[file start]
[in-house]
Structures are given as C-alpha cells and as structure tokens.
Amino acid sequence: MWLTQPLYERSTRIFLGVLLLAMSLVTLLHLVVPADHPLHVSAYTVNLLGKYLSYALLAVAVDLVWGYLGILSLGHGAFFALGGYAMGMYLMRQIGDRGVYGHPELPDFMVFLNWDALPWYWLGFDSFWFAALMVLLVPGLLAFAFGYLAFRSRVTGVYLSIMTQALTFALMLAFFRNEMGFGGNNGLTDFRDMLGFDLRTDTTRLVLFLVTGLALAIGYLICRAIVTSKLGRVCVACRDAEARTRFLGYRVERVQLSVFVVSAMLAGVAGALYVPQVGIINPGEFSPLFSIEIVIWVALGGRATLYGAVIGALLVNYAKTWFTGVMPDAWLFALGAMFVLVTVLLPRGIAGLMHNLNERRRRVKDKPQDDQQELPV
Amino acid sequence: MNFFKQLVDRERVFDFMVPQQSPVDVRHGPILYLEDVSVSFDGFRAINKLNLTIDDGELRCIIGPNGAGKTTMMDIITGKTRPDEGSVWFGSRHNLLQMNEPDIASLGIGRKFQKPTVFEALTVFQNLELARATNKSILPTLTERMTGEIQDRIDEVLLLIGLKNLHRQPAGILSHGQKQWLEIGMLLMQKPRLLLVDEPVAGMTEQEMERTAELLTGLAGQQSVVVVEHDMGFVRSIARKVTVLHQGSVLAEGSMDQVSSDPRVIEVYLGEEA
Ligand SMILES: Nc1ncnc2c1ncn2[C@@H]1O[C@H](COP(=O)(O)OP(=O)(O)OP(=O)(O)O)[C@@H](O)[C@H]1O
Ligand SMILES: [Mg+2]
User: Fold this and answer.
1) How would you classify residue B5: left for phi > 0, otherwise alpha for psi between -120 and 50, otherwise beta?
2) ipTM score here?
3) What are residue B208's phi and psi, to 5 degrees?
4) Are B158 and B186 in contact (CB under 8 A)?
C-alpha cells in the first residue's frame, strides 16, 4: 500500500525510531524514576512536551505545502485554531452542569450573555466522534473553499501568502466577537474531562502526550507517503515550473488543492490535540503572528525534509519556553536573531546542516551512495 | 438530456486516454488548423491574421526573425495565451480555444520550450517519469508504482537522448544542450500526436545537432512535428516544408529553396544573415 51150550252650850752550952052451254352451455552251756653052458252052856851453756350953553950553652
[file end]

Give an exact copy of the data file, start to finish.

[in-house]
Structures are given as C-alpha cells and as structure tokens.
Amino acid sequence: MWLTQPLYERSTRIFLGVLLLAMSLVTLLHLVVPADHPLHVSAYTVNLLGKYLSYALLAVAVDLVWGYLGILSLGHGAFFALGGYAMGMYLMRQIGDRGVYGHPELPDFMVFLNWDALPWYWLGFDSFWFAALMVLLVPGLLAFAFGYLAFRSRVTGVYLSIMTQALTFALMLAFFRNEMGFGGNNGLTDFRDMLGFDLRTDTTRLVLFLVTGLALAIGYLICRAIVTSKLGRVCVACRDAEARTRFLGYRVERVQLSVFVVSAMLAGVAGALYVPQVGIINPGEFSPLFSIEIVIWVALGGRATLYGAVIGALLVNYAKTWFTGVMPDAWLFALGAMFVLVTVLLPRGIAGLMHNLNERRRRVKDKPQDDQQELPV
Amino acid sequence: MNFFKQLVDRERVFDFMVPQQSPVDVRHGPILYLEDVSVSFDGFRAINKLNLTIDDGELRCIIGPNGAGKTTMMDIITGKTRPDEGSVWFGSRHNLLQMNEPDIASLGIGRKFQKPTVFEALTVFQNLELARATNKSILPTLTERMTGEIQDRIDEVLLLIGLKNLHRQPAGILSHGQKQWLEIGMLLMQKPRLLLVDEPVAGMTEQEMERTAELLTGLAGQQSVVVVEHDMGFVRSIARKVTVLHQGSVLAEGSMDQVSSDPRVIEVYLGEEA
Ligand SMILES: Nc1ncnc2c1ncn2[C@@H]1O[C@H](COP(=O)(O)OP(=O)(O)OP(=O)(O)O)[C@@H](O)[C@H]1O
Ligand SMILES: [Mg+2]
User: Fold this and answer.
1) How would you classify residue B5: left for phi > 0, otherwise alpha for psi between -120 and 50, otherwise beta?
2) ipTM score here?
3) What are residue B208's phi and psi, to 5 degrees?
4) Are B158 and B186 in contact (CB under 8 A)?
C-alpha cells in the first residue's frame, strides 16, 4: 500500500525510531524514576512536551505545502485554531452542569450573555466522534473553499501568502466577537474531562502526550507517503515550473488543492490535540503572528525534509519556553536573531546542516551512495 | 438530456486516454488548423491574421526573425495565451480555444520550450517519469508504482537522448544542450500526436545537432512535428516544408529553396544573415 51150550252650850752550952052451254352451455552251756653052458252052856851453756350953553950553652